Hugh Pickens DOT Com writes "Joseph Stromberg writes in Smithsonian Magazine that while the practice of solitary confinement is being discontinued in most countries, it's become increasingly routine within the American prison system. It is estimated that between 80,000 and 81,000 prisoners are in some form of solitary confinement nationwide. Once employed largely as a short-term punishment, it's now regularly used as way of disciplining prisoners indefinitely, isolating them during ongoing investigations, coercing them into cooperating with interrogations and even separating them from perceived threats within the prison population at their request.
Most prisoners in solitary confinement spend at least 23 hours per day restricted to cells of 80 square feet, not much larger than a king-size bed, devoid of stimuli (some are allowed in a yard or indoor area for an hour or less daily), and are denied physical contact on visits from friends and family ... A majority of those surveyed experienced symptoms such as dizziness, heart palpitations, chronic depression, while 41 percent reported hallucinations, and 27 percent had suicidal thoughts...
But the real problem is that solitary confinement is ineffective as a rehabilitation technique and indelibly harmful to the mental health of those detained achieving the opposite of the supposed goal of rehabilitating them for re-entry into society. Rick Raemisch, the new director of the Colorado Department of Corrections, voluntarily spent twenty hours in solitary confinement in one of his prisons and wrote an op-ed about his experience in The New York Times. 'If we can't eliminate solitary confinement, at least we can strive to greatly reduce its use,' wrote Raemisch."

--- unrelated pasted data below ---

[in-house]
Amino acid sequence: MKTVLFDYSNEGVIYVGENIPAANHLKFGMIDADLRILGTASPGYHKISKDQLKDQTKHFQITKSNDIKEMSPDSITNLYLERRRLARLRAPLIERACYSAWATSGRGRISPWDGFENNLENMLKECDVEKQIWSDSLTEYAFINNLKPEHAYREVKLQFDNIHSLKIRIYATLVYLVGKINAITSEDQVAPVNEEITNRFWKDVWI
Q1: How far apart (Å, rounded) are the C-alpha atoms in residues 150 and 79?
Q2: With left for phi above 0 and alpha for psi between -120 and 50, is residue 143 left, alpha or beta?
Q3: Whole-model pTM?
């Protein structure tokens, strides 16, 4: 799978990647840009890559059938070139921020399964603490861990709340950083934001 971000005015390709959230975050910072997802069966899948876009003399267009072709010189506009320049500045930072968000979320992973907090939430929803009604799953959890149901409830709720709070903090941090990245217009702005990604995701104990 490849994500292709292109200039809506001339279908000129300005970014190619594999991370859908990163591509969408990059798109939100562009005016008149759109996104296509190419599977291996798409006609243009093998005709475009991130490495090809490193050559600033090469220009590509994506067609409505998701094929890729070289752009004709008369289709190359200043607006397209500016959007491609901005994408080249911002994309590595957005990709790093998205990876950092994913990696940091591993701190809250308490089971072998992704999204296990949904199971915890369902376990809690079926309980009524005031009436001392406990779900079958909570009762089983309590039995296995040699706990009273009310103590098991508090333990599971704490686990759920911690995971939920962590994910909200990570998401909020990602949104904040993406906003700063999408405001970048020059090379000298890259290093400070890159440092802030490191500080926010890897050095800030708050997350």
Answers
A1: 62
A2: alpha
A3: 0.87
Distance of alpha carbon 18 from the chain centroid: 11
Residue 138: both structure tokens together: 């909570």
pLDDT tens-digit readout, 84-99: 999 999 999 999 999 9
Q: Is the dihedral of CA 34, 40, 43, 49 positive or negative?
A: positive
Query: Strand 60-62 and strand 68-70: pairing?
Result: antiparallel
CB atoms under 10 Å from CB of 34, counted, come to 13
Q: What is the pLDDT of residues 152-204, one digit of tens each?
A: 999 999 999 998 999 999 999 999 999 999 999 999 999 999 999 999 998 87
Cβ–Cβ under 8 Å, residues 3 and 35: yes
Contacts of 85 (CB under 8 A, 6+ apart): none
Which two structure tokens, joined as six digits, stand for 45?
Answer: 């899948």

An anonymous reader writes "Sen. Joe Manchin of West Virginia, a member of the Senate Banking Committee, has called for for heavily regulation of Bitcoin. Reached for comment, his staff confirmed Manchin is seeking a 'ban' that would apply to any cryptocurrency that's both anonymous and unregulated."
cold fjord writes with news that the Supreme Court has expanded the ability of police officers to search a home without needing a warrant, quoting the LA Times: "Police officers may enter and search a home without a warrant as long as one occupant consents, even if another resident has previously objected, the Supreme Court ruled Tuesday ... The 6-3 ruling ... gives authorities more leeway to search homes without obtaining a warrant, even when there is no emergency. The majority ... said police need not take the time to get a magistrate's approval before entering a home in such cases. But dissenters ... warned that the decision would erode protections against warrantless home searches." In this case, one person objected to the search and was arrested followed by the police returning and receiving the consent of the remaining occupant.
Hugh Pickens DOT Com writes "According to NBC, Apple has confirmed that it urged Arizona Gov. Jan Brewer to veto a bill that would allow business owners with strongly held religious beliefs to deny service to gays and lesbians. Last November Tim Cook announced that Apple was building a sapphire glass plant in Mesa, AZ, that would bring 2,000 new jobs to the state. 'Apple is indisputably one of the world's most innovative companies and I'm thrilled to welcome them to Arizona,' said Gov. Brewer at the time. 'Apple will have an incredibly positive economic impact for Arizona and its decision to locate here speaks volumes about the friendly, pro-business climate we have been creating these past four years.' According to Philip Elmer-DeWitt, it sounds like Tim Cook may be having second thoughts about how 'friendly' and 'pro-business' the climate in Arizona really is."